If there's one thing TikTok is good for, it's birthing the craziest viral trends to grace the internet. The latest and greatest phenomenon taking place among users is drinking lettuce water. Why, you might ask? Well, its supposed side effects are enticing many to give the odd mixture a try.
So, why is lettuce water going viral right now and what exactly are the claims behind its benefit? Here's a complete breakdown of everything you need to know, including if it actually works as intended.
Lettuce water is exactly what you think it is: lettuce in water.
The mixture that has accrued over six million views and counting on TikTok is just your average run-of-the-mill lettuce placed in boiling water and left to sit in the liquid. The result – a warm lettuce-tasting drink – isn't exactly the most appetizing beverage out there, but people aren't getting behind the trend for its taste; they are in it for lettuce water's supposed benefits.
Some users are claiming that lettuce water makes you sleepy, but is that true?
The reason people are boiling lettuce in water for a drink can be traced back to a viral TikTok posted by user Shapla_11. In the video, they can be heard saying, "So apparently drinking lettuce water makes you sleepy. Not hella sleepy, like knock-out, but I do feel drowsy."
The video has been shared thousands of times and viewed millions more, with plenty of commentators asking if the mix actually works.
Dr. Vikki Petersen, a certified clinical nutritionist, chiropractor, and functional medicine doctor, gave her take on the situation to Distractify exclusively, explaining that although the mixture is new to her, it might in fact help as a sleep aid. According to her, that's because lettuce water contains one potent substance: melatonin.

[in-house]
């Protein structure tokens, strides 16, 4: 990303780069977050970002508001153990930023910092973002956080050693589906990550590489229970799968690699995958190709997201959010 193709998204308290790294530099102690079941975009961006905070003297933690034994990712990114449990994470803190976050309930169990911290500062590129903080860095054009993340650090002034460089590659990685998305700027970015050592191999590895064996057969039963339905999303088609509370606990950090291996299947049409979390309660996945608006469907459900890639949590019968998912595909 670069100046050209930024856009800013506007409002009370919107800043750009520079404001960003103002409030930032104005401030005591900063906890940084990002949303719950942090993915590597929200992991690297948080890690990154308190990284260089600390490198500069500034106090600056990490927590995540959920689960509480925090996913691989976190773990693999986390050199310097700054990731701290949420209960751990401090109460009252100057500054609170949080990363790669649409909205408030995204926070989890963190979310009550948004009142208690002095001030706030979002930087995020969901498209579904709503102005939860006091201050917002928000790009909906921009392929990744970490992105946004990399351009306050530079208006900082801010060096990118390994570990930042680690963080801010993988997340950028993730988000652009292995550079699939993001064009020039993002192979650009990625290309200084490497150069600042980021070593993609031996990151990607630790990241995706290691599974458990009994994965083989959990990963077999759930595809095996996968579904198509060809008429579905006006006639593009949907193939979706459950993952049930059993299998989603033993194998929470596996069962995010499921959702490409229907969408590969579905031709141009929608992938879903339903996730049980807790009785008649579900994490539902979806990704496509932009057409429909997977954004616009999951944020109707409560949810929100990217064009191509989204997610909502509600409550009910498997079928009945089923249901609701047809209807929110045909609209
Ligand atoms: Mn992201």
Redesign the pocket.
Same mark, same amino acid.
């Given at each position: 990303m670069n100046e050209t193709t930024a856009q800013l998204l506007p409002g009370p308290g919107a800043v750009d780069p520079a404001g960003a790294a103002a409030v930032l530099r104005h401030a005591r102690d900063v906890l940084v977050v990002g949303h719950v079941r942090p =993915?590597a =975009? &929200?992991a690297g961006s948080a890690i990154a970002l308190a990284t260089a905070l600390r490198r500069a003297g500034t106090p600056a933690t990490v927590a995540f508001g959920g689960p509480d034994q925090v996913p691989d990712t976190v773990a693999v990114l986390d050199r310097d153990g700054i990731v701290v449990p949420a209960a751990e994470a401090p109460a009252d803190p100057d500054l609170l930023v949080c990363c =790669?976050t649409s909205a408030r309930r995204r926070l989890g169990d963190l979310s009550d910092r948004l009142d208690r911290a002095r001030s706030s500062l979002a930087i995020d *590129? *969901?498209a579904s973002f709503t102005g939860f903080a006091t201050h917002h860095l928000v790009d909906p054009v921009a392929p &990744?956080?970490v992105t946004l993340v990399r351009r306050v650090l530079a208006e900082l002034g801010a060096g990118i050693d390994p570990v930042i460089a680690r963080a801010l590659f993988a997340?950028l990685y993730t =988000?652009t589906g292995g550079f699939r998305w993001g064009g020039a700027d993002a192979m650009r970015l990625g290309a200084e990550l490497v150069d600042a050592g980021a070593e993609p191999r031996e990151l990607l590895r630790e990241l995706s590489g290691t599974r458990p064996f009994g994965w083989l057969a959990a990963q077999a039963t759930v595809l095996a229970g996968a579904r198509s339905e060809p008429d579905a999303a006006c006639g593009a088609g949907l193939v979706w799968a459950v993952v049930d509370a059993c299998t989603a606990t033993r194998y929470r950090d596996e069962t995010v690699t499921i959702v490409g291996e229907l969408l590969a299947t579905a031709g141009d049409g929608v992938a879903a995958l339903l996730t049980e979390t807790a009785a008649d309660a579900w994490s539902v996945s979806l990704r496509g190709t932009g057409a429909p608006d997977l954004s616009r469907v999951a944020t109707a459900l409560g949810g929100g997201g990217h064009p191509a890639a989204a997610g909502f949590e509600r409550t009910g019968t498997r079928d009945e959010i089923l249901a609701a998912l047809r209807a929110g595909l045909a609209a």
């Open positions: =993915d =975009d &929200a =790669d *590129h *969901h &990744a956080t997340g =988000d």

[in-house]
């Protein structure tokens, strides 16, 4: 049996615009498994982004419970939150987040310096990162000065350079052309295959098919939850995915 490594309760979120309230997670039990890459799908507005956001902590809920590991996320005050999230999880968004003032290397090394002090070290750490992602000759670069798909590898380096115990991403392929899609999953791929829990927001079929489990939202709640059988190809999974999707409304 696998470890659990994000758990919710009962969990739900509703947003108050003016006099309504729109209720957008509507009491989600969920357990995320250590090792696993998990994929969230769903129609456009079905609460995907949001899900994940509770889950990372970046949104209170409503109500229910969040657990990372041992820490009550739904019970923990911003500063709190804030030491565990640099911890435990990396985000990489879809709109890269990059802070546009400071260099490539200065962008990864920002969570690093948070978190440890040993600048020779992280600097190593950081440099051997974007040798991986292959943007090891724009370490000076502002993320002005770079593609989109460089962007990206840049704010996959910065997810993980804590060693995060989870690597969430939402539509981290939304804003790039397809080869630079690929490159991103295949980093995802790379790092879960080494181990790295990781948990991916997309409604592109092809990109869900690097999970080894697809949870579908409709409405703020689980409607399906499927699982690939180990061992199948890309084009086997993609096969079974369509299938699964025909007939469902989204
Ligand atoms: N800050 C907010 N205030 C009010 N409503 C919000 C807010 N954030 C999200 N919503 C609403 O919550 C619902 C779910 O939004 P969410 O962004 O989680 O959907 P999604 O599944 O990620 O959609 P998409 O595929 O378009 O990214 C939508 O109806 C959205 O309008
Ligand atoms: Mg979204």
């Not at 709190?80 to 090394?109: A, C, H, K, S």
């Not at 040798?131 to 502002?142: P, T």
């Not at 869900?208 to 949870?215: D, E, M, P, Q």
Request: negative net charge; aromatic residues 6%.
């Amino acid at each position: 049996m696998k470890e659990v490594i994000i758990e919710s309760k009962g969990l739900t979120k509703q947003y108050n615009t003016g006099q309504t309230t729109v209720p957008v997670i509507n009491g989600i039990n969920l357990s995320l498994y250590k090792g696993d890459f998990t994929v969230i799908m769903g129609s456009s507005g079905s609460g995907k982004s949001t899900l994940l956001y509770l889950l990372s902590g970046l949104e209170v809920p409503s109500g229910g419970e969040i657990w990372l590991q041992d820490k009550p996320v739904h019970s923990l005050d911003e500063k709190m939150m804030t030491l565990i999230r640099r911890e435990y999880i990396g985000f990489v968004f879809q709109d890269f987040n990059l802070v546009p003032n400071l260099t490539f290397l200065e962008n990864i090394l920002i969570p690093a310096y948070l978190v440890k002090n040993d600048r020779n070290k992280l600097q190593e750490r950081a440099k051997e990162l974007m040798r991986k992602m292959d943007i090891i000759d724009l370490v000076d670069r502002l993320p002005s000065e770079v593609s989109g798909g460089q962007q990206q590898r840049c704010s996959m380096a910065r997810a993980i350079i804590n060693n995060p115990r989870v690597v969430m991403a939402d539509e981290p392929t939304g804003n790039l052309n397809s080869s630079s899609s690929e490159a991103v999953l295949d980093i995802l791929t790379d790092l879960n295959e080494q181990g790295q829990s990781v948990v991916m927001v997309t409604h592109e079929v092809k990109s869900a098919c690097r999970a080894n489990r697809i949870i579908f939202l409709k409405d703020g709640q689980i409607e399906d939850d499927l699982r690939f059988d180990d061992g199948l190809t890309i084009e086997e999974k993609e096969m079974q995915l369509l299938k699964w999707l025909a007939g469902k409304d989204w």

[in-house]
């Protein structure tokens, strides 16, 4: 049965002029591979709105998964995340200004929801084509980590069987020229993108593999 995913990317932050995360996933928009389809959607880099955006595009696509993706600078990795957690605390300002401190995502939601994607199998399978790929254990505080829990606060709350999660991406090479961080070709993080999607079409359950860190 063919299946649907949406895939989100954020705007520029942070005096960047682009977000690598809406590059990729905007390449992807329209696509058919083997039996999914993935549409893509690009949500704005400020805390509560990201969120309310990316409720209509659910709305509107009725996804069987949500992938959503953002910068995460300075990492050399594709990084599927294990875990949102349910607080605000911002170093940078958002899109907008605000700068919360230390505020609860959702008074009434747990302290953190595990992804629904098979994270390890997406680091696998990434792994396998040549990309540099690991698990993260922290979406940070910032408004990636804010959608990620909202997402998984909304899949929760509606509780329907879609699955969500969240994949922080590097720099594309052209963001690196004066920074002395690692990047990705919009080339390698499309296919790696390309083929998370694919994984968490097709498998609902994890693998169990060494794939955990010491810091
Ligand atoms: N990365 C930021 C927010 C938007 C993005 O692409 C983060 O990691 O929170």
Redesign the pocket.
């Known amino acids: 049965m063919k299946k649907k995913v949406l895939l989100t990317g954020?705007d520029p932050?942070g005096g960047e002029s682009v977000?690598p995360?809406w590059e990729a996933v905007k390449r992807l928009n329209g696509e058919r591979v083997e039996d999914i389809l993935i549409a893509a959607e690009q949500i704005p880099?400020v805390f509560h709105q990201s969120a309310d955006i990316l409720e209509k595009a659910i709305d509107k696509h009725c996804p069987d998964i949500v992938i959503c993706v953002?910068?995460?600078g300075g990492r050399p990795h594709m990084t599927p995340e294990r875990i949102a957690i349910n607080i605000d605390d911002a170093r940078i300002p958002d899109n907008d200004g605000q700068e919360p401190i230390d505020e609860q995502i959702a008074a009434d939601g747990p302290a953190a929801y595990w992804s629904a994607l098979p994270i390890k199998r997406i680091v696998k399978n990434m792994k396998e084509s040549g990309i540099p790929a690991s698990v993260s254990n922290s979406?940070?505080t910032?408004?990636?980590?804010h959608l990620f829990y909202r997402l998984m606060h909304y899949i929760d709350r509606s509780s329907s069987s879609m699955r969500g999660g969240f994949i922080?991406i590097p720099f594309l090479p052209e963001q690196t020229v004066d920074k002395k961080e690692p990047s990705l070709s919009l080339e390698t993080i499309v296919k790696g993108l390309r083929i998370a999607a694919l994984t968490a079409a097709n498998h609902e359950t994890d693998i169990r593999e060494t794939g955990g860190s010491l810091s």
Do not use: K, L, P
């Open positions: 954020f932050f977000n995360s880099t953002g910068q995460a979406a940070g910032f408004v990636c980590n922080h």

"There are many reasons why you may have trouble sleeping and we have learned that sleep medication has dangerous side effects," she explained to us. "Therefore, beginning with foods that assist with sleep, due to their high melatonin levels (your sleep hormone), [is] always a safe idea. In addition to lettuce, [try] tart cherry juice, kiwis, and plants known to be rich in melatonin."
Vikki added that although she has "seen no research to support boiling lettuce into a tea before bed," she thinks that "it certainly could not hurt and [is] therefore worth a try." Plus, "it is inexpensive and very easy," she says.
She added that if you "combine that with good sleep hygiene techniques such as dimming lights, not eating three hours before bed, engaging in a relaxing activity, etc," the totality of lettuce water's benefits "might very well assist in getting those extra hours of shut-eye so desperately needed by many Americans."